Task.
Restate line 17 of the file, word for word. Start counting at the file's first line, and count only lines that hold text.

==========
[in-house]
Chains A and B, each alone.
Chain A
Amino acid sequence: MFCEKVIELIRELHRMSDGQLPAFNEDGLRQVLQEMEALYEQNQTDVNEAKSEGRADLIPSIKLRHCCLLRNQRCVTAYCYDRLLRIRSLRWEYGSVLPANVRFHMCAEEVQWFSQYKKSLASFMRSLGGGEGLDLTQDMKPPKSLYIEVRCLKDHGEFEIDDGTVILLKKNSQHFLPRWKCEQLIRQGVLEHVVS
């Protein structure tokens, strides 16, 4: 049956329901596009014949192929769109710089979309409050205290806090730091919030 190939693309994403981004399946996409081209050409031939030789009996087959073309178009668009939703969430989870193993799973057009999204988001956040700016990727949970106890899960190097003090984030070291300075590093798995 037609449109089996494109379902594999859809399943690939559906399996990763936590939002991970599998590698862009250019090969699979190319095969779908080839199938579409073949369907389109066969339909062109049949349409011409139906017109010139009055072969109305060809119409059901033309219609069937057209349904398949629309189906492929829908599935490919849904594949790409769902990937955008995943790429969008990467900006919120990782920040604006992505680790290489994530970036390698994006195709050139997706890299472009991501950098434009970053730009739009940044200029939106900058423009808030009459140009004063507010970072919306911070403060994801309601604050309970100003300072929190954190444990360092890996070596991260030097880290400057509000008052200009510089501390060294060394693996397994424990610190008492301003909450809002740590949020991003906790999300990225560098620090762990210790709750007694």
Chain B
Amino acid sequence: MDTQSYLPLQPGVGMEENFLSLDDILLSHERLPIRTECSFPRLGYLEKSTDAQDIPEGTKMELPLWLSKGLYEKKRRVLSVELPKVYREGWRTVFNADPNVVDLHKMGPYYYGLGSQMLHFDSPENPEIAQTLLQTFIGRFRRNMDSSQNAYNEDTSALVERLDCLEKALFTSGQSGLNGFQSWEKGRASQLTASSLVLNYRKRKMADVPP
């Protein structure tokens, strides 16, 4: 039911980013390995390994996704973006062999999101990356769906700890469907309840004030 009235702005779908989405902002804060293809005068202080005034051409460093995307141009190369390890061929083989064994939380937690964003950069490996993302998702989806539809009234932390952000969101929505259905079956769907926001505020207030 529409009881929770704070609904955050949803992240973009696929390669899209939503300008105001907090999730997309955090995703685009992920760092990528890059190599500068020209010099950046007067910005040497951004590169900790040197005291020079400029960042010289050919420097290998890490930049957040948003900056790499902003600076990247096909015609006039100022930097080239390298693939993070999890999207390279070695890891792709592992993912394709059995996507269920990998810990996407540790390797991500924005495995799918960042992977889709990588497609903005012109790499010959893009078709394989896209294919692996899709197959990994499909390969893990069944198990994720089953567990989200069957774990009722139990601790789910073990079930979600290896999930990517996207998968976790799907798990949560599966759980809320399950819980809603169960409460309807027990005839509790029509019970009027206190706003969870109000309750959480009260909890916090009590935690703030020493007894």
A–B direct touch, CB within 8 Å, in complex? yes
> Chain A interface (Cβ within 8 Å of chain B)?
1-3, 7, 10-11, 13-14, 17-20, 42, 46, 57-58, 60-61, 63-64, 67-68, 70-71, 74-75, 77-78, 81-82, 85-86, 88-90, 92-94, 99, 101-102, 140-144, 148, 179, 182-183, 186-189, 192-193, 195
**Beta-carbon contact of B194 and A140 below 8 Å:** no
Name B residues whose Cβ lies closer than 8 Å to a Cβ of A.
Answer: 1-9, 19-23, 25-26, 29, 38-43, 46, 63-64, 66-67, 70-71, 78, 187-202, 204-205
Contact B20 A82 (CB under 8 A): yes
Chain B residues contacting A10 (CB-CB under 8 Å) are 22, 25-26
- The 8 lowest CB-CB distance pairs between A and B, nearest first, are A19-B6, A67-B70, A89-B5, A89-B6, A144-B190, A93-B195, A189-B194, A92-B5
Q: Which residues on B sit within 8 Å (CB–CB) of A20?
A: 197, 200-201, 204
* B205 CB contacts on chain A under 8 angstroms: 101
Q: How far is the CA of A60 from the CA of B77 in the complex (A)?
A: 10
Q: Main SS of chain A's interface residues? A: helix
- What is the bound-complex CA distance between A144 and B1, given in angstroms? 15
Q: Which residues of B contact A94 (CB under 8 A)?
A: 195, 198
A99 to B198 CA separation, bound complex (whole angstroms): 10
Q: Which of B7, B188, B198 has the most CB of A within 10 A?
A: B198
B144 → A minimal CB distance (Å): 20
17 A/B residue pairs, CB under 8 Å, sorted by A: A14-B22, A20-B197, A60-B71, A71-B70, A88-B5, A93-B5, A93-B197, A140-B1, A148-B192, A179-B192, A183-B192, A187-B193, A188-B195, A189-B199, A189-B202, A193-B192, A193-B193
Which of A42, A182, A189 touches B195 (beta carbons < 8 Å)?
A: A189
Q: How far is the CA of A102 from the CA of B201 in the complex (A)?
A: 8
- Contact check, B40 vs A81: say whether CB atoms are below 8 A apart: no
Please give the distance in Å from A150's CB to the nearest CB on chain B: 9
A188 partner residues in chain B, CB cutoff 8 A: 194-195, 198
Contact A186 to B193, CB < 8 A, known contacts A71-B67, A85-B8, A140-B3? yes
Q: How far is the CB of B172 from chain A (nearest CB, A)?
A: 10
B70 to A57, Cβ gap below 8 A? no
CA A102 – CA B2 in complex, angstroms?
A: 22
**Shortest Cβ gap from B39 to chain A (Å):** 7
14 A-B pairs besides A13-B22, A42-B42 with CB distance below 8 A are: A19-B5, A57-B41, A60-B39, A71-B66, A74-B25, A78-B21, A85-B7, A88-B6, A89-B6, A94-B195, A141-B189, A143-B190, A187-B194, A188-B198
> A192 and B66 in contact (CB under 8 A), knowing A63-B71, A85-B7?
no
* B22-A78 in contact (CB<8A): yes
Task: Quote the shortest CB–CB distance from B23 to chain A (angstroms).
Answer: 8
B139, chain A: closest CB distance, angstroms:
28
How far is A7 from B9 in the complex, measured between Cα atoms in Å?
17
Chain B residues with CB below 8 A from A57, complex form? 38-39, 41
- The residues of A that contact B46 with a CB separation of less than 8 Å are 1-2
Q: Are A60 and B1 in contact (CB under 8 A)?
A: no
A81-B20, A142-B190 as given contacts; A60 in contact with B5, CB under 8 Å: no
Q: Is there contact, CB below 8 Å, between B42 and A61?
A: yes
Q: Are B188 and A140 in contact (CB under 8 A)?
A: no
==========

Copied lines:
- The 8 lowest CB-CB distance pairs between A and B, nearest first, are A19-B6, A67-B70, A89-B5, A89-B6, A144-B190, A93-B195, A189-B194, A92-B5